From a NYTimes article making the claim that The Departed won because the industry was trying to take back big name glory from the Indie-Scene:
It was less poignant than telling that these four men, Mr. Scorsese included, were onstage together, having become what they once assailed. They are the establishment, and they are not ready to cede the field to a moshed-up world of indies and global filmmakers.
Well, yes, at least two of those guys are truly powerful, but there's a reason for that.
But I take a bit of umbrage towards the assertion that these guys are some kind of powerful monolith standing in the way of Indie recognition. When was the last time George Lucas won a screenwriting or directing award? Heh. Coppola garnered his first awards by making The Godfather, and has virtually no power (for multiple reasons).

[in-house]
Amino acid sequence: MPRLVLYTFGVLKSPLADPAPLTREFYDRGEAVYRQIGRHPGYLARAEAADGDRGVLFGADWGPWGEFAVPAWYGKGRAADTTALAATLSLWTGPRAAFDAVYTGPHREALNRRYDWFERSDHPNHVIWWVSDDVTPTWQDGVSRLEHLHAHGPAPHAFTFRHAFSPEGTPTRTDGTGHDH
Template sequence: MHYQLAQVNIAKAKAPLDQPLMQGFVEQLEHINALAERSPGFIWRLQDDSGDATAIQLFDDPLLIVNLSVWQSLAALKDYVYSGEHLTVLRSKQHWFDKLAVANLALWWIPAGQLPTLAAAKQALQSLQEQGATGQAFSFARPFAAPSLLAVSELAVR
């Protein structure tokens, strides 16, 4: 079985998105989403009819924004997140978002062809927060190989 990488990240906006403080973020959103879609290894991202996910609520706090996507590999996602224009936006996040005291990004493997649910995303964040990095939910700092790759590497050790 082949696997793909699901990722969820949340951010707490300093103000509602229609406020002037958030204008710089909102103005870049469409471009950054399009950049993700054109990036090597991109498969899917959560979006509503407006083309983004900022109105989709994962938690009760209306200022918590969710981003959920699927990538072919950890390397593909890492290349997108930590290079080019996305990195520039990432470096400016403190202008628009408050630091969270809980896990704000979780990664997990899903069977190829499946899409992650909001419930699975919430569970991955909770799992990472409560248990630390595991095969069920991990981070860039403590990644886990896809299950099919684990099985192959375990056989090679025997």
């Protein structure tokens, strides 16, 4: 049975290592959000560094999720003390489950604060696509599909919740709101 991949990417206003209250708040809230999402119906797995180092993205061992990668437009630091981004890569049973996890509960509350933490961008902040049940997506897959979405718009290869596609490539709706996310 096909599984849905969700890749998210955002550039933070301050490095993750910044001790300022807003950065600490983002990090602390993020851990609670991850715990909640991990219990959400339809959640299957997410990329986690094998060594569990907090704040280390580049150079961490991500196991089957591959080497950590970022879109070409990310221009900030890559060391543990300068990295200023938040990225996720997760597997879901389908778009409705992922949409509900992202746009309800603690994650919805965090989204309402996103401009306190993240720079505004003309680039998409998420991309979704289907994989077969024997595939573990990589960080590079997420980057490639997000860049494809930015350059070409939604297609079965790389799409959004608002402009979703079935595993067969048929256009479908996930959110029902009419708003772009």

Spielberg and Lucas are truly powerful, but they don't award themselves.
To make movies on the level that these directors envision requires quite a bit of clout, one way or the other.
As for the indies and the internationals: There are always more bad films than good. Indie (or international) does not equal better by default. Let's not forget that.
Even if The Departed is just an excellent example of a popcorn movie (it's more than that), then we can only concede that that is very much a good thing.
A win for this one is an opportunity for better films to be made overall, in theory.
The only way these key filmmakers from the early 70s American scene gained their current prominence was by learning how to make movies that are as riveting as Scorsese's winner. Period.
Jesus, thirty seconds after Scorsese finally wins an Oscar he's labeled "The Establishment"